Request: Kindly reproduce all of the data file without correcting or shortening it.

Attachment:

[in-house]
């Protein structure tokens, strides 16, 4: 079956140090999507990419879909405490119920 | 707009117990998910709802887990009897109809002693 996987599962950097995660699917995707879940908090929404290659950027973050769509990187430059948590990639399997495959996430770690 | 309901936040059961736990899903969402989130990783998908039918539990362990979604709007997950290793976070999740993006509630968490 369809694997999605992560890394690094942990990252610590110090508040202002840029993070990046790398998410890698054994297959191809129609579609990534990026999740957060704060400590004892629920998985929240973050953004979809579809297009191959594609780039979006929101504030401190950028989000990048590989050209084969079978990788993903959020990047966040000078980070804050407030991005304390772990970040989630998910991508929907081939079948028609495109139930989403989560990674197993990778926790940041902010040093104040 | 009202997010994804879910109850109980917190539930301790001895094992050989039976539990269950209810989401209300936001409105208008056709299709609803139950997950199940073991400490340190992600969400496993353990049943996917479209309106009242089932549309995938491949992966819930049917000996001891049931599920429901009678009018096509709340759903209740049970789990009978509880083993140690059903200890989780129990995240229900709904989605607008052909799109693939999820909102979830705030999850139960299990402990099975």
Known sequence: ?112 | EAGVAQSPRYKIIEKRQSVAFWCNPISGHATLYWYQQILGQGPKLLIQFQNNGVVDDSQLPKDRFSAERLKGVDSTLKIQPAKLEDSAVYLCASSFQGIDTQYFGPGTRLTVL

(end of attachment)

[in-house]
């Protein structure tokens, strides 16, 4: 079956140090999507990419879909405490119920 | 707009117990998910709802887990009897109809002693 996987599962950097995660699917995707879940908090929404290659950027973050769509990187430059948590990639399997495959996430770690 | 309901936040059961736990899903969402989130990783998908039918539990362990979604709007997950290793976070999740993006509630968490 369809694997999605992560890394690094942990990252610590110090508040202002840029993070990046790398998410890698054994297959191809129609579609990534990026999740957060704060400590004892629920998985929240973050953004979809579809297009191959594609780039979006929101504030401190950028989000990048590989050209084969079978990788993903959020990047966040000078980070804050407030991005304390772990970040989630998910991508929907081939079948028609495109139930989403989560990674197993990778926790940041902010040093104040 | 009202997010994804879910109850109980917190539930301790001895094992050989039976539990269950209810989401209300936001409105208008056709299709609803139950997950199940073991400490340190992600969400496993353990049943996917479209309106009242089932549309995938491949992966819930049917000996001891049931599920429901009678009018096509709340759903209740049970789990009978509880083993140690059903200890989780129990995240229900709904989605607008052909799109693939999820909102979830705030999850139960299990402990099975």
Known sequence: ?112 | EAGVAQSPRYKIIEKRQSVAFWCNPISGHATLYWYQQILGQGPKLLIQFQNNGVVDDSQLPKDRFSAERLKGVDSTLKIQPAKLEDSAVYLCASSFQGIDTQYFGPGTRLTVL